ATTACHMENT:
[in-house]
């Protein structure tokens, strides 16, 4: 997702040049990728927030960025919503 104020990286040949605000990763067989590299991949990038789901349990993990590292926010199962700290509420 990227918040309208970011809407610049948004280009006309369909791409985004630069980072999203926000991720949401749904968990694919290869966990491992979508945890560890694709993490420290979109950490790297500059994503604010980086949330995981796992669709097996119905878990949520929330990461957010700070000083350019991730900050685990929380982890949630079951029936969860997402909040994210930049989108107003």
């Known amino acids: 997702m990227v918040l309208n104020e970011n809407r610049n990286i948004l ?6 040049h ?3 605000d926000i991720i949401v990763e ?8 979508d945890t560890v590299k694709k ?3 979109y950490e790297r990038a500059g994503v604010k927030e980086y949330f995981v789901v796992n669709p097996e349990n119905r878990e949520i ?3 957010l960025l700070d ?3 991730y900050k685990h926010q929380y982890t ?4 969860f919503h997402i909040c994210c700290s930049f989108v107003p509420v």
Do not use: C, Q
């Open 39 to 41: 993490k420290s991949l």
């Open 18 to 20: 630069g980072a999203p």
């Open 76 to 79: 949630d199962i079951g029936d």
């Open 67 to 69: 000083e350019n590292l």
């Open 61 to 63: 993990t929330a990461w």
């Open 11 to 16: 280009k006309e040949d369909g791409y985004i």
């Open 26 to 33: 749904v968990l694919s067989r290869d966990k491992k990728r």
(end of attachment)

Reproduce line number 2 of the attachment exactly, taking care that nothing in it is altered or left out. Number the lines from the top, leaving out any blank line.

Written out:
């Protein structure tokens, strides 16, 4: 997702040049990728927030960025919503 104020990286040949605000990763067989590299991949990038789901349990993990590292926010199962700290509420 990227918040309208970011809407610049948004280009006309369909791409985004630069980072999203926000991720949401749904968990694919290869966990491992979508945890560890694709993490420290979109950490790297500059994503604010980086949330995981796992669709097996119905878990949520929330990461957010700070000083350019991730900050685990929380982890949630079951029936969860997402909040994210930049989108107003």